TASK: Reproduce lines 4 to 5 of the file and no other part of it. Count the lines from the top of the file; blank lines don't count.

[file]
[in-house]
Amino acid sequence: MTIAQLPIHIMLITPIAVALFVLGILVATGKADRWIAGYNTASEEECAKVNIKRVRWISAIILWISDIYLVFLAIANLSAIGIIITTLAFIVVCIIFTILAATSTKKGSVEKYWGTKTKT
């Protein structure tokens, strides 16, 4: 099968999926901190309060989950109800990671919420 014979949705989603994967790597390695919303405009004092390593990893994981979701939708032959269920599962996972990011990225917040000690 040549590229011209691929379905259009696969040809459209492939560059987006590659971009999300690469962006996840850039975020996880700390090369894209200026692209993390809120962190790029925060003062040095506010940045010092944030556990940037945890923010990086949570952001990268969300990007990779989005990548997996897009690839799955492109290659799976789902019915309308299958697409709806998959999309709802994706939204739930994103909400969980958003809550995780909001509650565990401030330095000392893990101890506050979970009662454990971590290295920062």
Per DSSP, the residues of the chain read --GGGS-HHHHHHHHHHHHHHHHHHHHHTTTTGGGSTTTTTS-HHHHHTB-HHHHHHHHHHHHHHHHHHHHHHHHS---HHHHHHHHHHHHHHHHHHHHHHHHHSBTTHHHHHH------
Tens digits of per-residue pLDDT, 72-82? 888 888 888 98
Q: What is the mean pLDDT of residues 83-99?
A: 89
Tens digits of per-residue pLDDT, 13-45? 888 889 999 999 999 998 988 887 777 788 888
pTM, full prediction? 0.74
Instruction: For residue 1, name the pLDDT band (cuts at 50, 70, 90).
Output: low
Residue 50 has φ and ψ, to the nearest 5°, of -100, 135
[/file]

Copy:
Per DSSP, the residues of the chain read --GGGS-HHHHHHHHHHHHHHHHHHHHHTTTTGGGSTTTTTS-HHHHHTB-HHHHHHHHHHHHHHHHHHHHHHHHS---HHHHHHHHHHHHHHHHHHHHHHHHHSBTTHHHHHH------
Tens digits of per-residue pLDDT, 72-82? 888 888 888 98